Copyright, Plagiarism, Fair Use and Public Domain

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Some basic information about Copyright, Plagiarism, Fair Use and Public Domain. 
I am not a lawyer.  I encourage you to do full research on this subject.


Copyright, Plagiarism, Fair Use and Public Domain

Copyright – portions copied from the web page
“Copyright is a form of protection grounded in the U.S. Constitution and granted by law for original works of authorship fixed in a tangible medium of expression. Copyright covers both published and unpublished works.
Copyright, a form of intellectual property law, protects original works of authorship including literary, dramatic, musical, and artistic works, such as poetry, novels, movies, songs, computer software, and architecture. Copyright does not protect facts, ideas, systems, or methods of operation, although it may protect the way these things are expressed.”


“What is copyright infringement? “
“As a general matter, copyright infringement occurs when a copyrighted work is reproduced, distributed, performed, publicly displayed, or made into a derivative work without the permission of the copyright owner.”


Also see:
Copyright Basics   

Reproduction of Copyrighted Works by Educators and Librarians


The University of North Carolina at Chapel Hill defines plagiarism as “the deliberate or reckless representation of another’s words, thoughts, or ideas as one’s own without attribution in connection with submission of academic work, whether graded or otherwise.”
More information can be found here:

grammarly.com is a proofreader and plagiarism checker which is free for Chrome, Safari and Firefox. 


Fair Use – portions copied from the web page
“Fair use is a legal doctrine that promotes freedom of expression by permitting the unlicensed use of copyright-protected works in certain circumstances.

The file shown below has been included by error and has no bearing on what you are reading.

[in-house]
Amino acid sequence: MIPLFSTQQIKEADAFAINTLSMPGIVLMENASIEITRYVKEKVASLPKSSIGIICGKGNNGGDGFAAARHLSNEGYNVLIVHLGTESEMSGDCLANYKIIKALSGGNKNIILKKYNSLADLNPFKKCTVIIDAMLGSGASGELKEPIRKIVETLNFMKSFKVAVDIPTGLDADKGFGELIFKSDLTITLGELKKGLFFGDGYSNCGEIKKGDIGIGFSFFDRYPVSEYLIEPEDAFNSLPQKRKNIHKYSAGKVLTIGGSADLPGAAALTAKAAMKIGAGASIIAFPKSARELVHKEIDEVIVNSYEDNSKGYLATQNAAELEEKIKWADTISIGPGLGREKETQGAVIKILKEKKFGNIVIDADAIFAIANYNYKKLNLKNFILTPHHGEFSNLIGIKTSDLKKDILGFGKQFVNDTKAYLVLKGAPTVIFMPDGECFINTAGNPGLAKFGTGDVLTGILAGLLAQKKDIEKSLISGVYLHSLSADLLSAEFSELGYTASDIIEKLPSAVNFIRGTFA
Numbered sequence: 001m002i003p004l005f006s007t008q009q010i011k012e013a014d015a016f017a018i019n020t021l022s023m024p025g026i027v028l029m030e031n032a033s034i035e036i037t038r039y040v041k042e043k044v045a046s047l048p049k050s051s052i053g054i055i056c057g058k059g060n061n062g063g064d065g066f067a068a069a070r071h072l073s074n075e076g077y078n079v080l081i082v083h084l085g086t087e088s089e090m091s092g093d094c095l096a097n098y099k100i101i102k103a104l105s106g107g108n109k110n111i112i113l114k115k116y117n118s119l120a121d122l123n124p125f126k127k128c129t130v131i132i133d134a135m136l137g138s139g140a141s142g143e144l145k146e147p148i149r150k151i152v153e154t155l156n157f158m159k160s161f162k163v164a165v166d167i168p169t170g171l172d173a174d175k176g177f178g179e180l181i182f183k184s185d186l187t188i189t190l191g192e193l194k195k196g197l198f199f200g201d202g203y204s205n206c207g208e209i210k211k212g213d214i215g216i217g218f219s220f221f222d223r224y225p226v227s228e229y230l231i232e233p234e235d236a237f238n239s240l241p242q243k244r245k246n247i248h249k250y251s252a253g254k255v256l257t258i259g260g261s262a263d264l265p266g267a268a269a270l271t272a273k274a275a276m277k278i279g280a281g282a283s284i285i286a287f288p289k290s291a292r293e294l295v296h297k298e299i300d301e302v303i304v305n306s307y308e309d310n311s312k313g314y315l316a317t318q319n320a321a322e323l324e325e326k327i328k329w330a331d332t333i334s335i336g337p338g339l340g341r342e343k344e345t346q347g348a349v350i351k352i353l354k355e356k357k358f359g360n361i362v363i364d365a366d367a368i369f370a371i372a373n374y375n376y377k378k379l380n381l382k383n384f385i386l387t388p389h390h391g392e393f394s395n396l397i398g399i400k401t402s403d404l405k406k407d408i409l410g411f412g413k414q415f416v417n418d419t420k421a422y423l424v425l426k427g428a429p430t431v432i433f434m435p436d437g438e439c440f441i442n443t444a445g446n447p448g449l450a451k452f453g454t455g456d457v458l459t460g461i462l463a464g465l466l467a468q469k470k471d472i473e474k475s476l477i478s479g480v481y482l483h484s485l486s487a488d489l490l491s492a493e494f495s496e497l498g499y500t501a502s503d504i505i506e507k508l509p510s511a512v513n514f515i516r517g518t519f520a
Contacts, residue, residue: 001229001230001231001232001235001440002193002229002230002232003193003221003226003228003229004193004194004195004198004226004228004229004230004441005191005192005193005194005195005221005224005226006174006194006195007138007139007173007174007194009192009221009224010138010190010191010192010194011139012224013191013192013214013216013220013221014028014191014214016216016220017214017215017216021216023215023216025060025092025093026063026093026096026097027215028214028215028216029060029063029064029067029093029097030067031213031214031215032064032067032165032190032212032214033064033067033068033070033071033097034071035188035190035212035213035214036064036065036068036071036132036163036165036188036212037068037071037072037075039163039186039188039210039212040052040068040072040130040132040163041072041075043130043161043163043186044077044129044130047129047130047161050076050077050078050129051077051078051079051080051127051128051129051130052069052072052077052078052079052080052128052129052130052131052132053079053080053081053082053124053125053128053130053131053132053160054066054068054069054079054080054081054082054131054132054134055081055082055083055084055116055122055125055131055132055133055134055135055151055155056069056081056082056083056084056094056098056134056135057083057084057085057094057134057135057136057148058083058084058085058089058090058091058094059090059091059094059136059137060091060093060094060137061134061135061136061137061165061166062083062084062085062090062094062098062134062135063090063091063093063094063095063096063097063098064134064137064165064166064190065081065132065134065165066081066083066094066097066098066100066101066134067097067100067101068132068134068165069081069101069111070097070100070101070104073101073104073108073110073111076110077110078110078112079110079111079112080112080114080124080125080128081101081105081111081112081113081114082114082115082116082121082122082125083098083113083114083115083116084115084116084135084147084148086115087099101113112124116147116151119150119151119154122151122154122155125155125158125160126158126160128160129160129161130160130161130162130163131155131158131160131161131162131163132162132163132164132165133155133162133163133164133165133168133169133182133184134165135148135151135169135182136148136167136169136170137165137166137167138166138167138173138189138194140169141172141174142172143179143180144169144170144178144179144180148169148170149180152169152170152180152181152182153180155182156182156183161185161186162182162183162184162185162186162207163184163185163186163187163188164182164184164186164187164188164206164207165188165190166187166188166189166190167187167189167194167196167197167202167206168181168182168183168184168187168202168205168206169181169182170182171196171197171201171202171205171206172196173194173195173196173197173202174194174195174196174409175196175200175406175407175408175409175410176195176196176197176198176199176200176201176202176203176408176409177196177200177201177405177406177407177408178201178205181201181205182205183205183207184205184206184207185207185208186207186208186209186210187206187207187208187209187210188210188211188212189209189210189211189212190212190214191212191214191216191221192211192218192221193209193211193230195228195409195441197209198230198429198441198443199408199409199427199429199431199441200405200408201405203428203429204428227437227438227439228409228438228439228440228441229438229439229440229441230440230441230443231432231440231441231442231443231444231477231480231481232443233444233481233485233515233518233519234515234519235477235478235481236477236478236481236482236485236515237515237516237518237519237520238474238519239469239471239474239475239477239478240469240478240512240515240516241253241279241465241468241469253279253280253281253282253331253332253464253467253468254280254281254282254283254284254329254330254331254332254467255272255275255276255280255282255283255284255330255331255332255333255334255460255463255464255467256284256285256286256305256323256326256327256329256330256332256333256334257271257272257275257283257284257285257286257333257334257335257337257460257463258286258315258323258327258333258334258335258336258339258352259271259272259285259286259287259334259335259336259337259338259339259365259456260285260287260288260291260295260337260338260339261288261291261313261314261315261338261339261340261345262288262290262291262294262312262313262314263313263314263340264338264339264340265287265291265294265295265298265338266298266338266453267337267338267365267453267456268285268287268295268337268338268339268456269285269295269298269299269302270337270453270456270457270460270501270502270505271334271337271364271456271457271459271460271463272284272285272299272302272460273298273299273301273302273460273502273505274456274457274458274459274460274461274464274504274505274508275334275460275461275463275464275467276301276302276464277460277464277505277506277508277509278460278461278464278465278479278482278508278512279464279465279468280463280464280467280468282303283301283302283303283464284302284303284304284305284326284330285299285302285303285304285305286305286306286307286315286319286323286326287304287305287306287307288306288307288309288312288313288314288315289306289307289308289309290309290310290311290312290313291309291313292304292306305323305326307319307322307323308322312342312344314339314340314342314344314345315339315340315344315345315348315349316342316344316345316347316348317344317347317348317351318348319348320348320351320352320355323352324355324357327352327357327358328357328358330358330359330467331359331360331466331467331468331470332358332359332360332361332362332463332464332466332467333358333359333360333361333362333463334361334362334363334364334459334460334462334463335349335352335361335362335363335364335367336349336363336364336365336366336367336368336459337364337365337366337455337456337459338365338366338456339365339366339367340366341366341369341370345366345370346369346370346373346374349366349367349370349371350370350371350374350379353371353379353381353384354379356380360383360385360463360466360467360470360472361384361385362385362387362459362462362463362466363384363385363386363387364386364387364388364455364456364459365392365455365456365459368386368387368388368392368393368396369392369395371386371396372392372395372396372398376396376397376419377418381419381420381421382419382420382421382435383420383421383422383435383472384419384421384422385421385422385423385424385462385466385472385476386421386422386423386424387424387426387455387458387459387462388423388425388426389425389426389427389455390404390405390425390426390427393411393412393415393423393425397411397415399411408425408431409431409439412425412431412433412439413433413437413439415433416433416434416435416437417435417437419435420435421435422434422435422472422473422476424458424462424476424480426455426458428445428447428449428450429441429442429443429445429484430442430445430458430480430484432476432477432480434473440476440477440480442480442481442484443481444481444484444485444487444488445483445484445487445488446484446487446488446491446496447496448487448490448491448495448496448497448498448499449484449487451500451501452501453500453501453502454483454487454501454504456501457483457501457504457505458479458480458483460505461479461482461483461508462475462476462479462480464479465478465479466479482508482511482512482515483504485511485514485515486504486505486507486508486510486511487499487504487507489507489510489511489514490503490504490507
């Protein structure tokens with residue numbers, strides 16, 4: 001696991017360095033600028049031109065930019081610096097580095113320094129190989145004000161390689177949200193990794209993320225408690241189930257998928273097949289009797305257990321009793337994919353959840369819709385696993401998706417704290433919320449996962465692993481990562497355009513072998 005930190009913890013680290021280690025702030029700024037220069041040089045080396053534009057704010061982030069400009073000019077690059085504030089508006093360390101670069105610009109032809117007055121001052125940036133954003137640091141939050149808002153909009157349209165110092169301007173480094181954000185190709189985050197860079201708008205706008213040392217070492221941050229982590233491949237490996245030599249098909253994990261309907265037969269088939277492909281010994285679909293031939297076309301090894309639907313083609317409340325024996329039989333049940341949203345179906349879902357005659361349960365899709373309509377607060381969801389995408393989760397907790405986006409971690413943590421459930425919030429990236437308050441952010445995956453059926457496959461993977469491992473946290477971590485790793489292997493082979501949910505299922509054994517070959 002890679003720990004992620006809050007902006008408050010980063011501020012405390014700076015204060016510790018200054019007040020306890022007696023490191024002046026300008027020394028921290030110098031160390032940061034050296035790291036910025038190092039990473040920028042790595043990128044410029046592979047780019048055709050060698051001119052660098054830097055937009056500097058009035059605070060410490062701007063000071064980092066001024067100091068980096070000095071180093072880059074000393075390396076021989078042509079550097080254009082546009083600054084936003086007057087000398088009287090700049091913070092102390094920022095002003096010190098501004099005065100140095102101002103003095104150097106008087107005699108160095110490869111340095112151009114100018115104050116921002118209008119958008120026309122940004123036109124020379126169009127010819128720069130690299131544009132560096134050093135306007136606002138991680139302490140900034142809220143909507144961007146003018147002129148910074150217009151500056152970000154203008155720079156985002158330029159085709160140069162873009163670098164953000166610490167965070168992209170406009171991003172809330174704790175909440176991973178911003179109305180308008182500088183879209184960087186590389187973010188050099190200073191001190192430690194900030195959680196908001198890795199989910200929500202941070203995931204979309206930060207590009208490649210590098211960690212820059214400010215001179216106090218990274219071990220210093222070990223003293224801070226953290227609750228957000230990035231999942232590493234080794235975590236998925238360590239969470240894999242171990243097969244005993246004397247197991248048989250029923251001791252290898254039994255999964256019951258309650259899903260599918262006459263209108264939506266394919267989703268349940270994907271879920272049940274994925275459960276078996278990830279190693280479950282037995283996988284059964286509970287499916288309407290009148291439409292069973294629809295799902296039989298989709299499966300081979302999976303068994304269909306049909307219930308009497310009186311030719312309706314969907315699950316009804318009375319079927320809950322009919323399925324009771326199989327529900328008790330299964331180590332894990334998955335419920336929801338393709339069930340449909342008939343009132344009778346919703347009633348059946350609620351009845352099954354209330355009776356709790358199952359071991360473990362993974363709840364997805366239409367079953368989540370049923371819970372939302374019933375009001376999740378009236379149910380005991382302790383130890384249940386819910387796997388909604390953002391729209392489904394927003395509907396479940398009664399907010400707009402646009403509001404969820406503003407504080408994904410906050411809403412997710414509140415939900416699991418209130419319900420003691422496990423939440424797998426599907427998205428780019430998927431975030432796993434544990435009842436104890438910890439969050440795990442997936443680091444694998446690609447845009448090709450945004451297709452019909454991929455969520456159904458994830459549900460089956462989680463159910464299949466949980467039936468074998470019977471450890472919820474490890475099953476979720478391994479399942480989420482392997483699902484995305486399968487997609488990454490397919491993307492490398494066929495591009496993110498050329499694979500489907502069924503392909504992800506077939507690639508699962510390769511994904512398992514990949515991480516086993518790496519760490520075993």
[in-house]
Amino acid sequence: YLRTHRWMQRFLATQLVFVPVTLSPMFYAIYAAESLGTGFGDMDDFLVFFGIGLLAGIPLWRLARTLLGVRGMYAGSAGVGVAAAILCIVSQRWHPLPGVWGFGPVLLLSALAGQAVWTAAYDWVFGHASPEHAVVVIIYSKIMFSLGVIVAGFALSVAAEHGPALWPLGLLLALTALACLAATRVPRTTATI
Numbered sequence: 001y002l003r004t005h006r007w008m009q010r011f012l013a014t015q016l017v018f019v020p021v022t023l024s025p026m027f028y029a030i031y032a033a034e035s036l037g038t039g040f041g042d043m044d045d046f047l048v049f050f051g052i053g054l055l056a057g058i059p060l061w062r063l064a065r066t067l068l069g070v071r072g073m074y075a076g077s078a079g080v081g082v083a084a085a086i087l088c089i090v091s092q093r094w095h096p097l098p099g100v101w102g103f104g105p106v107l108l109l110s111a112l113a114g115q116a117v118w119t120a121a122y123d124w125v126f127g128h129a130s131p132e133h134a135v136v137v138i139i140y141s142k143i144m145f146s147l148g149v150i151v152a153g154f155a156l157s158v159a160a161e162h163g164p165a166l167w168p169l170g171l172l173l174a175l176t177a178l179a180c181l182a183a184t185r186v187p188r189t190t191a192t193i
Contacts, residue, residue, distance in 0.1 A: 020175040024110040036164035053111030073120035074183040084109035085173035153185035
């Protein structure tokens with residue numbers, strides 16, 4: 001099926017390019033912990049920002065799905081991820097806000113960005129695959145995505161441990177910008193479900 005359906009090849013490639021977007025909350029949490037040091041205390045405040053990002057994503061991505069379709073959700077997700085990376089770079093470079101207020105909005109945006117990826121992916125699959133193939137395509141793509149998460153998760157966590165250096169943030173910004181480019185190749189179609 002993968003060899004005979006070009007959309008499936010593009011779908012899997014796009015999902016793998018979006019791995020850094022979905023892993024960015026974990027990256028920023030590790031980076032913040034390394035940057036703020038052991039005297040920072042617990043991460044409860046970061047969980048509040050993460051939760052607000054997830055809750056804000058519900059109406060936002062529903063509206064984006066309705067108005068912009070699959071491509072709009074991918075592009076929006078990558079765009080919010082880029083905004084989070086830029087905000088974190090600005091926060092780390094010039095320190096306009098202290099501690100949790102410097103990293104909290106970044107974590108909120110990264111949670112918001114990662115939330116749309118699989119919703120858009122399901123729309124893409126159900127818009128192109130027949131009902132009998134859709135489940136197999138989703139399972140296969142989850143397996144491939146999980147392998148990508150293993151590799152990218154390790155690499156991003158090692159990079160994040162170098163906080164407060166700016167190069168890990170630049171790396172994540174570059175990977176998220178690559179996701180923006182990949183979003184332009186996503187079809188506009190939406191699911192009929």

(1) Purpose and character of the use, including whether the use is of a commercial nature or is for nonprofit educational purposes
(3) Amount and substantiality of the portion used in relation to the copyrighted work as a whole
(4) Effect of the use upon the potential market for or value of the copyrighted work”


Derivative Works – portions copied from the web page
“A derivative work is a work based on or derived from one or more already existing works. Common derivative works include translations, musical arrangements, motion picture versions of literary material or plays, art reproductions, abridgments, and condensations of preexisting works.
“To be copyrightable, a derivative work must incorporate some or all of a preexisting “work” and add new original copyrightable authorship to that work.
“The following are examples of the many different types of derivative works:
•  A translation of  an novel written in English into another language
•  A revision of  a previously published book
•  A sculpture based on a drawing
•  A drawing based on a photograph
•  A lithograph based on a painting
•  A drama about John Doe based on the letters and journal entries of  John Doe
•  A musical arrangement of  a preexisting musical work
•  A new version of  an existing computer program
•  An adaptation of  a dramatic work
•  A revision of  a website”

Public Domain
“A work of authorship is in the “public domain” if it is no longer under copyright protection or if it failed to meet the requirements for copyright protection. Works in the public domain may be used freely without the permission of the former copyright owner.”

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